Letter from the Editor

The summer issue of aeqai combines the months of July and August. and is now available to our readers. We assure you that many of the shows recently opened are some of the best of the year: once upon a time, in the fifties, for example, most visual arts programming was virtually dead in the summer, as it was presumed that the rich, the sole audience for the arts, were away for the summer. If some still are, we owe much to our arts organizations community outreach programs, and to the new interest in diversity, as so many people are available in the summer months to see such exceptional shows.

Before I begin to list all the superb articles, let me mention that Chris Hoeting’s review of a group works on paper exhibiton at Phyllis Weston Gallery will be posted on our site on Monday; we regret the delay, but he had a death in his family. And we hope that Marta Hewett’s review of the enamelist show at The Carnegie will also come soon; Hewett was in a car accident (she is fine, now) and was literally unable to write for awhile.

That said, we urge you to read Karen Chambers’ review of a group show at The Lloyd Library downtown. This eccentric place is full of information on things botanical, and they have been having splendid art shows in the past couple of years. This show has been ten years in the making; it is curated by area artist Kate Kern, and deals with the horrors of The Civil War (remember, we are right on the edge of the North here, and our Kentucky friends were in The South). The curatorial concept is excellent, the artists selected are nearly perfect, and the show and the review are both superb works of art themselves. We may say the same about Jonathon Kamholtz’s review of “Seeing Opera”, guest curated by area artist Stewart Goldman, at The Weston Gallery at The Aronoff. Goldman is a multi-talented man, a retired teacher at The Art Academy, a group of his paintings was displayed a few years ago at the art museum, where Goldman has just been elected to the Board of Trustees. We have also reprinted a review of Galileo Galilei from an area blog, by Rafael De Acha, so that those of you who are less familiar with opera can get a feel for how visual an operatic performance is.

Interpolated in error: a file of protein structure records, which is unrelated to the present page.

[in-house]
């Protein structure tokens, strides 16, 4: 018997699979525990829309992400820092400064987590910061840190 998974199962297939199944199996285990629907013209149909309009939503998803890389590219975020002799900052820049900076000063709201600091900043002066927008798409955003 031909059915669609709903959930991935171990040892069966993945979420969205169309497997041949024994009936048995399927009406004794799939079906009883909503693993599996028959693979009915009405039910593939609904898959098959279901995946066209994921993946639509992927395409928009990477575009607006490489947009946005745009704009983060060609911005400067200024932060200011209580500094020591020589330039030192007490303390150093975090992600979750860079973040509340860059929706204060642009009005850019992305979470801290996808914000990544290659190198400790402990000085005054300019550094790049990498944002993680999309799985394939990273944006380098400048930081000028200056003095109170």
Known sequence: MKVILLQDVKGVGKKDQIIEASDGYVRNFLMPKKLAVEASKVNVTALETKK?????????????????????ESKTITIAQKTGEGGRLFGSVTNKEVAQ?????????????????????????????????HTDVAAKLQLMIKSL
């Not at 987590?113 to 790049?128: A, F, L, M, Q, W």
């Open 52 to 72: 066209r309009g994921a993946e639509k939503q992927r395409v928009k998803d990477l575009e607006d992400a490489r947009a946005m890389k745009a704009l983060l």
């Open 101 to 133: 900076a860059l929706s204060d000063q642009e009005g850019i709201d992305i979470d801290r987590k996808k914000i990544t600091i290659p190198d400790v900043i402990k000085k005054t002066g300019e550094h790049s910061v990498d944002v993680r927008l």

Fran Watson, who lately has been teaching abstract painting (she is a woman of many talents), reviews two shows of abstract paintings by area artists: Jackie Frey and Barb Ahlbrand at the YWCA downtown, and Kim Krause, Frank Herrmann and Standby at Marta Hewett Gallery; the former show exhibits paintings in large scale , the latter studies for future paintings. Watson shows us how paintings are made and then analyzes them.

Keith Banner reviews a show of images of athletes at The Dayton Art Institute with his usual sophistication and aplomb. Shawn Daniell takes a look at the work of three artists on display at The Fitton Center in Hamilton (if you haven’t been there, like The Lloyd Library, it’s a must-see place). Maxwell Redder gives us his interpretations of poems by two area artists who are reinterpreting poems by William Blake; Redder’s new poems appear near the end of this issue. Jane Durrell examines the exuberant show of “Faces” at AEC in Covington.